Immigration Blog Roundup
by The Opportunity Agenda, Wed Jul 07, 2010 at 01:26:28 PM EDT
Last week, President Obama delivered a major speech in which he called on Congress to pass comprehensive immigration reform. Reactions to the speech among progressive blogs are mixed: the speech was "everything we've come to expect of him," says Teresa Puente at ChicagoNow, because it was well written and delivered, but short on concrete details. For example, the speech did not offer any new details about the Justice Department's upcoming lawsuit over Arizona's S.B. 1070. The Rev. Jesse Jackson was more enthusiastic about the speech, however, calling it "a high moment of vision" on the Huffington Post.
Over at The Daily Beast, Bryan Curtis wonders why Obama chose to run with immigration reform now, after very little action on the issue for most of his presidency thus far. Curtis comes up with a few reasons: Obama's recent meeting with a group of immigration activists, his steadily decreasing approval rate among Hispanics, and the mass defection of Latinos from the Republican party, most likely due to the party's increasingly hard-line stance on immigration. The full article is worth a read.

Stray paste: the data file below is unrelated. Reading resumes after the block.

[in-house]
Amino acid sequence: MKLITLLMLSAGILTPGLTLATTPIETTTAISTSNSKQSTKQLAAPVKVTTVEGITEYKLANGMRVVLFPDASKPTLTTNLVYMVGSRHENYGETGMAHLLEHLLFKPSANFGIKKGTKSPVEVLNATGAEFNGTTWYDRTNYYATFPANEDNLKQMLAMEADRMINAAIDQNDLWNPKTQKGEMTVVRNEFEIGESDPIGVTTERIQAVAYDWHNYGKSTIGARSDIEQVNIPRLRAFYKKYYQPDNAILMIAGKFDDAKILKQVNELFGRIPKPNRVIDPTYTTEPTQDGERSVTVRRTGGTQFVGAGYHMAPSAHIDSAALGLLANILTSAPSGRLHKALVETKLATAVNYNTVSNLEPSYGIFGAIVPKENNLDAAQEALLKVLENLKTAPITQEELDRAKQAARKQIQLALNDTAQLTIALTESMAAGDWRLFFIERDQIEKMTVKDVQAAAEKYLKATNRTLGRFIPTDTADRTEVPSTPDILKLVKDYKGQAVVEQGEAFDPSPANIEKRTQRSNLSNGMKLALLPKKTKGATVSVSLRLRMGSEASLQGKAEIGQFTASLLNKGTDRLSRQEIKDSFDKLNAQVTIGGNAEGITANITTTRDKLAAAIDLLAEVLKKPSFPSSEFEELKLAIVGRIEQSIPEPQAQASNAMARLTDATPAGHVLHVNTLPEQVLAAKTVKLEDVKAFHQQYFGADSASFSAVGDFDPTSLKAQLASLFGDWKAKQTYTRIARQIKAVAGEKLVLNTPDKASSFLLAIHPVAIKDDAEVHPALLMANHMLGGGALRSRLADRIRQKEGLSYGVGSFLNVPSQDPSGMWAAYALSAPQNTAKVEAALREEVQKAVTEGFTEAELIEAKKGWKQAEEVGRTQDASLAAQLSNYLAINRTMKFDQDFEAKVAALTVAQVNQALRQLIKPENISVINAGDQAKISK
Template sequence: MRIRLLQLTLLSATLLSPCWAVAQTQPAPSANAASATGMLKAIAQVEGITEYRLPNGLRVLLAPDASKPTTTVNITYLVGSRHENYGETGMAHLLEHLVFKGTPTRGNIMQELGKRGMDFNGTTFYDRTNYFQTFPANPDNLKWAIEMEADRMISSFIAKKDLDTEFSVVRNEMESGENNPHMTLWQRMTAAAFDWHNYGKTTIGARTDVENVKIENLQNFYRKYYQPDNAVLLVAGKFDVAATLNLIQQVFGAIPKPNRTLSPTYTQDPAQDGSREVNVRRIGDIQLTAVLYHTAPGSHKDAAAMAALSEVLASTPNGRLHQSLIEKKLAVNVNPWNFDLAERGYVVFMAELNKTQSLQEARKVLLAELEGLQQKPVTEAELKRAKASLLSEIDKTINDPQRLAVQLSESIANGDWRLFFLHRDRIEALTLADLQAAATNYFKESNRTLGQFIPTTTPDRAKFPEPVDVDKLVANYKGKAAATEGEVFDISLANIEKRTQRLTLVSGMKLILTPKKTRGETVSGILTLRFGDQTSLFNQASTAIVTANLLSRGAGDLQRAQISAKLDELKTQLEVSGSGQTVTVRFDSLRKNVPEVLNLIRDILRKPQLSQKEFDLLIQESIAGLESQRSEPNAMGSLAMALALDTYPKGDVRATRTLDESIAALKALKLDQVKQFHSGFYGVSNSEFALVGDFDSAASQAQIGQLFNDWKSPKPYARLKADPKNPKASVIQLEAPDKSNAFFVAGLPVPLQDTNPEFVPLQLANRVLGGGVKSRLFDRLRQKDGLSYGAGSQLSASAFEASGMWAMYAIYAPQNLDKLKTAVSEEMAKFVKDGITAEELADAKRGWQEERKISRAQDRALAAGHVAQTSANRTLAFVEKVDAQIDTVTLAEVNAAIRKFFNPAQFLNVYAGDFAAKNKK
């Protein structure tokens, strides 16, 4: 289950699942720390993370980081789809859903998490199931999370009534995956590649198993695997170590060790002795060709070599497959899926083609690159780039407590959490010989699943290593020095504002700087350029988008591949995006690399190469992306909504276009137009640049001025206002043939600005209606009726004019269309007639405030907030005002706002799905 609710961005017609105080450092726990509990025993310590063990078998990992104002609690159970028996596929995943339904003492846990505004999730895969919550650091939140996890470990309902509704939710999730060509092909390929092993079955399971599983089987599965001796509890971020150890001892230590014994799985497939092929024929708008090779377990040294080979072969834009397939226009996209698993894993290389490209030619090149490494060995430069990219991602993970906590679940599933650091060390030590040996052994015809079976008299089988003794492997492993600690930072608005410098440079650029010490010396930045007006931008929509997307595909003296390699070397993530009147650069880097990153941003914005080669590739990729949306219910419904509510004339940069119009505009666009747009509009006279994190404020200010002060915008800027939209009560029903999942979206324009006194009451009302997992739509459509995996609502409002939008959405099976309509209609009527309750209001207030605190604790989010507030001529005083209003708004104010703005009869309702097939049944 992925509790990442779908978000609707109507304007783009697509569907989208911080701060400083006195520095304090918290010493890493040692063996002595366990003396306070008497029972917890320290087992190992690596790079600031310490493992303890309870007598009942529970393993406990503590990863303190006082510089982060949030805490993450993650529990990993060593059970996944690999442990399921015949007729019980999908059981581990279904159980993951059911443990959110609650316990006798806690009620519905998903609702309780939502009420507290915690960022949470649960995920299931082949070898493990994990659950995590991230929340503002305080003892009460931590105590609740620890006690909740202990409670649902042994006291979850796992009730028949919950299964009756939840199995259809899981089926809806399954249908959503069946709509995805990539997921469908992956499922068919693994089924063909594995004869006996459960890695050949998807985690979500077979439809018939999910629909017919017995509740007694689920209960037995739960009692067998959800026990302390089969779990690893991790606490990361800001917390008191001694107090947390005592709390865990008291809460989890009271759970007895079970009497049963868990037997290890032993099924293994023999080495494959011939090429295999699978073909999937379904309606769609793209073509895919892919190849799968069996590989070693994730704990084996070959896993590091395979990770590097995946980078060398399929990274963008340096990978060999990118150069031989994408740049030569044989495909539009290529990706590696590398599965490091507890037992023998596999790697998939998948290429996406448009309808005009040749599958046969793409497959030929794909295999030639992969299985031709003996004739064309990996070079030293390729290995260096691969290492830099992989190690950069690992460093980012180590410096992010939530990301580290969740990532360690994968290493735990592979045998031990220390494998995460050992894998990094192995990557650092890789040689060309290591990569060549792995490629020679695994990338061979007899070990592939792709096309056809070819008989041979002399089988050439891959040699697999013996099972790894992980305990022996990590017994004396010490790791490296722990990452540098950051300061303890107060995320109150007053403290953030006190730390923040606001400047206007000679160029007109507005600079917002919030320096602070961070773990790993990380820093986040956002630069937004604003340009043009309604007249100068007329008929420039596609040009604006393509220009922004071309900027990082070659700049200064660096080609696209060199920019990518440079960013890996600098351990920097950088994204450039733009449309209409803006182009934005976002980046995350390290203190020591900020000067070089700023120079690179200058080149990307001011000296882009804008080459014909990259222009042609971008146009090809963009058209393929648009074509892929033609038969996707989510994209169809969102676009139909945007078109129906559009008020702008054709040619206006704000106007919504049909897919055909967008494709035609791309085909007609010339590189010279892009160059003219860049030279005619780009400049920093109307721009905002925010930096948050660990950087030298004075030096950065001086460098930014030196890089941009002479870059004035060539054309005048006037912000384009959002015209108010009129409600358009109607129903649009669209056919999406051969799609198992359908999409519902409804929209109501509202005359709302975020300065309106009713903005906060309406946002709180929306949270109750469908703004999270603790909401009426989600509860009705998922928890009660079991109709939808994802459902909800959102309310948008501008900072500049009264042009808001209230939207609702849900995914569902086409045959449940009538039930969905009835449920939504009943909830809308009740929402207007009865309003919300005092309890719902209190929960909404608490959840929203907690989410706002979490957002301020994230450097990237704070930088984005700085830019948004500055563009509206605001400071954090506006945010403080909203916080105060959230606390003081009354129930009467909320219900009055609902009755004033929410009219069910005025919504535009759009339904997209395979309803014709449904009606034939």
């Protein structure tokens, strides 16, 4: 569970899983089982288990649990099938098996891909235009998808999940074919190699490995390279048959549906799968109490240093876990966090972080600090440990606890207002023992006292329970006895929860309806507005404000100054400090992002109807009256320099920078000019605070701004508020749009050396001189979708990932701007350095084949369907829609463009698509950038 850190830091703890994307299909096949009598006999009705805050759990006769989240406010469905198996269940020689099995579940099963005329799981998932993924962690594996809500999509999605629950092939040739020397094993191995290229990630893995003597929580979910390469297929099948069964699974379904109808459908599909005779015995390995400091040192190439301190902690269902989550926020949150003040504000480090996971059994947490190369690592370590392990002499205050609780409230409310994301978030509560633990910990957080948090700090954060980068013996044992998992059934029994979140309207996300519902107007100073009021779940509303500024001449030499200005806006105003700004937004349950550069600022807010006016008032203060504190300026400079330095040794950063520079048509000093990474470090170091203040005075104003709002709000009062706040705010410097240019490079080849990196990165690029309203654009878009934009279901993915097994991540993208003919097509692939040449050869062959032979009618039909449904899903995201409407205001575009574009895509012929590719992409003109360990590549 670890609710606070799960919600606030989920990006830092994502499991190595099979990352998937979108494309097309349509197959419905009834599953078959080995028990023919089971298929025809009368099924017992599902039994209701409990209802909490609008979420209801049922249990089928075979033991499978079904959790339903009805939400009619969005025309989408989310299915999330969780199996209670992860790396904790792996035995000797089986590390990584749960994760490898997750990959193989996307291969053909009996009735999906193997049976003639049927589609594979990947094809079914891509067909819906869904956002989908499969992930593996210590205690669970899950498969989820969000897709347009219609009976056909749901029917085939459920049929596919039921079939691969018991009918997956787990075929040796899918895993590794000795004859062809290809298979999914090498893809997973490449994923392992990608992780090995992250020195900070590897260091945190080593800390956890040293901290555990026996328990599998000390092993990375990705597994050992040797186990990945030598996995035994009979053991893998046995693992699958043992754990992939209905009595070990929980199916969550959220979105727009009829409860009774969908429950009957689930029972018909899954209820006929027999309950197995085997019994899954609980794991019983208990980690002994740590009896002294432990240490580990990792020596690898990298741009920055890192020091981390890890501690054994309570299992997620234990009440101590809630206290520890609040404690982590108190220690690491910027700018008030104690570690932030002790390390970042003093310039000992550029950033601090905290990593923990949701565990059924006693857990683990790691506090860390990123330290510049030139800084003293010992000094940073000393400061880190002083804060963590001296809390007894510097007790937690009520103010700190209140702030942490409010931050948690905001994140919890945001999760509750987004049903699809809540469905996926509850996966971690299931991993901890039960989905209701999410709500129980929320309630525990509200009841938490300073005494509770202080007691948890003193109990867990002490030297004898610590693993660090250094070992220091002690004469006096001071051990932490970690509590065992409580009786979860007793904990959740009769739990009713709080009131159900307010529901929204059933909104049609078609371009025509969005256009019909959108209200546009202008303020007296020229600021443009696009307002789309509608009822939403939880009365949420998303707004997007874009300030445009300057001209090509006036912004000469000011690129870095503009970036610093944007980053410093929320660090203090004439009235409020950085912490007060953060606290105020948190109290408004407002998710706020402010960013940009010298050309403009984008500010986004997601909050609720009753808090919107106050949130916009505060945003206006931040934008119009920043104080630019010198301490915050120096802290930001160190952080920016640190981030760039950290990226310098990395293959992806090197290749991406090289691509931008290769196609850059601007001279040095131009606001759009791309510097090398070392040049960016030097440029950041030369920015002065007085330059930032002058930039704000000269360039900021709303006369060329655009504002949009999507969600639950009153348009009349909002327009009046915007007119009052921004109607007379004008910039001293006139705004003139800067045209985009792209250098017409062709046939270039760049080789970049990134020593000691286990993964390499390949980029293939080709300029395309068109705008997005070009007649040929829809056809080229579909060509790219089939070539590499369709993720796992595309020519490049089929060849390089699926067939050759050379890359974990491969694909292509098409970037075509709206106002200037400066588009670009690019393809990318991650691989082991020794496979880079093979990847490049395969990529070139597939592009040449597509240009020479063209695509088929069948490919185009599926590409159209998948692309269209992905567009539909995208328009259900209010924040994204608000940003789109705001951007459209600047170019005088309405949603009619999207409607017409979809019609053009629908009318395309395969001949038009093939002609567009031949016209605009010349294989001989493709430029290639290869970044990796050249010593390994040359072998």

And what's the GOP's response to Obama's push? So far, it seems like more of the same. There's the "amnesty" line: former radio host J. D. Hayworth, John McCain's opponent in the Arizona Republican Senate primary, said that the speech advocated for "amnesty, pure and simple." There's the "pandering" line: Senator Orrin Hatch accused Obama of "pandering to Hispanics" by "pretending [to do] something about immigration." And there's the "distraction" line: Laura Ingraham, guest-hosting The O'Reilly Factor, accused Obama of stirring up divisive issues like immigration in order to detract from the failing economy.
Finally, a light note: liberals and poets alike were glad to see Obama end his speech with a quote from poet and activist Emma Lazarus' most famous sonnet, "The New Colossus." As it turns out, though, Obama actually misquoted the poem: the poem reads "Give me your tired, your poor, / your huddled masses yearning to breathe free," not "to be free." To be fair, though, the President was the editor-in-chief of the Harvard Law Review, not the Harvard Literary Review.
A full transcript of Obama's speech is available here.
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